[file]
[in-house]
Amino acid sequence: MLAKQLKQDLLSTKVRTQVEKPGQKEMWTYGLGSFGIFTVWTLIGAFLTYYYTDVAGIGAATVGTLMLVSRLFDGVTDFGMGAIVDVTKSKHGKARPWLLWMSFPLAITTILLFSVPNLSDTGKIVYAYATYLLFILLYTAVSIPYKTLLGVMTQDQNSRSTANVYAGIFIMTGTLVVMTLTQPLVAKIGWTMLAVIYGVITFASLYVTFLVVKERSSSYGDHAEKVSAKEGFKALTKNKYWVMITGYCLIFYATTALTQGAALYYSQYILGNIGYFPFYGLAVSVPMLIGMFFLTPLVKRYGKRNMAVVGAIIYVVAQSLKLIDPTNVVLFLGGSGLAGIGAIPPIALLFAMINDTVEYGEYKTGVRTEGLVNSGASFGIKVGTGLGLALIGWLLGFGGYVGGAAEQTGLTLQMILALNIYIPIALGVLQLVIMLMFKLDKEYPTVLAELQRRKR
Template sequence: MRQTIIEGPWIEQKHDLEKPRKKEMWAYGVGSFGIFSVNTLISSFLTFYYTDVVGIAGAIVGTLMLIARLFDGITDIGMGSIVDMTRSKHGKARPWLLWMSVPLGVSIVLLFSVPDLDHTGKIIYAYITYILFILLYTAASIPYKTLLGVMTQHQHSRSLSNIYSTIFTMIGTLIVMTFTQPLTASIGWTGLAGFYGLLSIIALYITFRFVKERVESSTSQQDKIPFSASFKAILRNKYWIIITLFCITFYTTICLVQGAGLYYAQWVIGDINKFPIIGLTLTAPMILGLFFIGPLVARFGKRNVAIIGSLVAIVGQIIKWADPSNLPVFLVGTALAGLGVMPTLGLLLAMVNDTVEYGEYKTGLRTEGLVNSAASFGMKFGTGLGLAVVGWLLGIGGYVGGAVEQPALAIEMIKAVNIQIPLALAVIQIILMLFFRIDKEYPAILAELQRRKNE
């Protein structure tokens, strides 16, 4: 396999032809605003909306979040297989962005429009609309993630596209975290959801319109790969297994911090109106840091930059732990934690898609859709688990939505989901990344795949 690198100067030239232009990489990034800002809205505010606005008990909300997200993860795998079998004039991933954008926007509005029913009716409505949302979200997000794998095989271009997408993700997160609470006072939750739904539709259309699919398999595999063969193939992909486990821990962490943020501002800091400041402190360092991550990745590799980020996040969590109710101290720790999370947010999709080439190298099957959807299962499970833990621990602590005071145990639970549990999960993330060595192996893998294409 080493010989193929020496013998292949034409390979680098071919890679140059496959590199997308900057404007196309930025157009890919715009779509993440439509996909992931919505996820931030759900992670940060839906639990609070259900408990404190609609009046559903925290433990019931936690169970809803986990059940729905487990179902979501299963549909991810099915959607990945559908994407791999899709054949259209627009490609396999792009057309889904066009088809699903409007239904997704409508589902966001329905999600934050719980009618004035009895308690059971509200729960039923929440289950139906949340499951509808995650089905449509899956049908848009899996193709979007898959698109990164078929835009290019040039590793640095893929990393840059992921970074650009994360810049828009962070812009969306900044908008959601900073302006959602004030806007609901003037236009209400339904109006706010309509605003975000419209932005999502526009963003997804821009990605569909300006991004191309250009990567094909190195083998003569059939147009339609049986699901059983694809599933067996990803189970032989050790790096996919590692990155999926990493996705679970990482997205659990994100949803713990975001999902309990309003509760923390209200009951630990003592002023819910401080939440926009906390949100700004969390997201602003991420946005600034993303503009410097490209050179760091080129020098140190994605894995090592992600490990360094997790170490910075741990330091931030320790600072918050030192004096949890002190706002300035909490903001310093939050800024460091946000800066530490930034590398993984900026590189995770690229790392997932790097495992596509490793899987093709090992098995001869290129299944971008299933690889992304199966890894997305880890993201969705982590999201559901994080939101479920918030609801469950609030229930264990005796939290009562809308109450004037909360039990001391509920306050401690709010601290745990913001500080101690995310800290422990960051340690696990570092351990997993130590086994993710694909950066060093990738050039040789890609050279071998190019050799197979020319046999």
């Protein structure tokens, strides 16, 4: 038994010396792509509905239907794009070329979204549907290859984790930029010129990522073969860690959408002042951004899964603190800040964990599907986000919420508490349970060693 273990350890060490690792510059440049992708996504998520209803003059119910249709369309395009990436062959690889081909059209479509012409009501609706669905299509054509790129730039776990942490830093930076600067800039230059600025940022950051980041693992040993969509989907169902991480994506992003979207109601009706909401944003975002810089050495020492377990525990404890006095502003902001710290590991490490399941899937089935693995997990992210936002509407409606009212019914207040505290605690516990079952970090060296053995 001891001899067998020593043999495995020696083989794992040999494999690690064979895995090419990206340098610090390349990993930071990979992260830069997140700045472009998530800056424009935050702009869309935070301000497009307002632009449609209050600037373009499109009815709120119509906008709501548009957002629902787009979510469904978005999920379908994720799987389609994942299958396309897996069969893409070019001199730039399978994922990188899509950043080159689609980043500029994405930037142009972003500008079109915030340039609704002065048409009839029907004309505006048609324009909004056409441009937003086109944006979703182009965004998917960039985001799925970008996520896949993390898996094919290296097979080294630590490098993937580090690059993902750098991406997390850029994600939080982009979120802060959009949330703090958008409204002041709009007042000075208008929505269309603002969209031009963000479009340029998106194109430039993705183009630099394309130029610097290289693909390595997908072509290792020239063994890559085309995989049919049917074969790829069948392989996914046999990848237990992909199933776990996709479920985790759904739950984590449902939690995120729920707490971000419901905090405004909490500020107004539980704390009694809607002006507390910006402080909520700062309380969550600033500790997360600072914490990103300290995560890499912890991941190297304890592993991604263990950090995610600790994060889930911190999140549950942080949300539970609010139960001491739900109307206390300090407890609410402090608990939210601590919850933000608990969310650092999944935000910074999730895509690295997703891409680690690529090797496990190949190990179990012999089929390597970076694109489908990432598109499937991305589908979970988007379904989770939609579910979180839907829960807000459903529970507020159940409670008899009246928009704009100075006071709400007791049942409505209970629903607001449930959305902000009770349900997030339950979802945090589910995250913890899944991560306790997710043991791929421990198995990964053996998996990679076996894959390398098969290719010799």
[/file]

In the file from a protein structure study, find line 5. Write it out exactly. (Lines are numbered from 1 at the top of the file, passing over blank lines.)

């Protein structure tokens, strides 16, 4: 038994010396792509509905239907794009070329979204549907290859984790930029010129990522073969860690959408002042951004899964603190800040964990599907986000919420508490349970060693 273990350890060490690792510059440049992708996504998520209803003059119910249709369309395009990436062959690889081909059209479509012409009501609706669905299509054509790129730039776990942490830093930076600067800039230059600025940022950051980041693992040993969509989907169902991480994506992003979207109601009706909401944003975002810089050495020492377990525990404890006095502003902001710290590991490490399941899937089935693995997990992210936002509407409606009212019914207040505290605690516990079952970090060296053995 001891001899067998020593043999495995020696083989794992040999494999690690064979895995090419990206340098610090390349990993930071990979992260830069997140700045472009998530800056424009935050702009869309935070301000497009307002632009449609209050600037373009499109009815709120119509906008709501548009957002629902787009979510469904978005999920379908994720799987389609994942299958396309897996069969893409070019001199730039399978994922990188899509950043080159689609980043500029994405930037142009972003500008079109915030340039609704002065048409009839029907004309505006048609324009909004056409441009937003086109944006979703182009965004998917960039985001799925970008996520896949993390898996094919290296097979080294630590490098993937580090690059993902750098991406997390850029994600939080982009979120802060959009949330703090958008409204002041709009007042000075208008929505269309603002969209031009963000479009340029998106194109430039993705183009630099394309130029610097290289693909390595997908072509290792020239063994890559085309995989049919049917074969790829069948392989996914046999990848237990992909199933776990996709479920985790759904739950984590449902939690995120729920707490971000419901905090405004909490500020107004539980704390009694809607002006507390910006402080909520700062309380969550600033500790997360600072914490990103300290995560890499912890991941190297304890592993991604263990950090995610600790994060889930911190999140549950942080949300539970609010139960001491739900109307206390300090407890609410402090608990939210601590919850933000608990969310650092999944935000910074999730895509690295997703891409680690690529090797496990190949190990179990012999089929390597970076694109489908990432598109499937991305589908979970988007379904989770939609579910979180839907829960807000459903529970507020159940409670008899009246928009704009100075006071709400007791049942409505209970629903607001449930959305902000009770349900997030339950979802945090589910995250913890899944991560306790997710043991791929421990198995990964053996998996990679076996894959390398098969290719010799």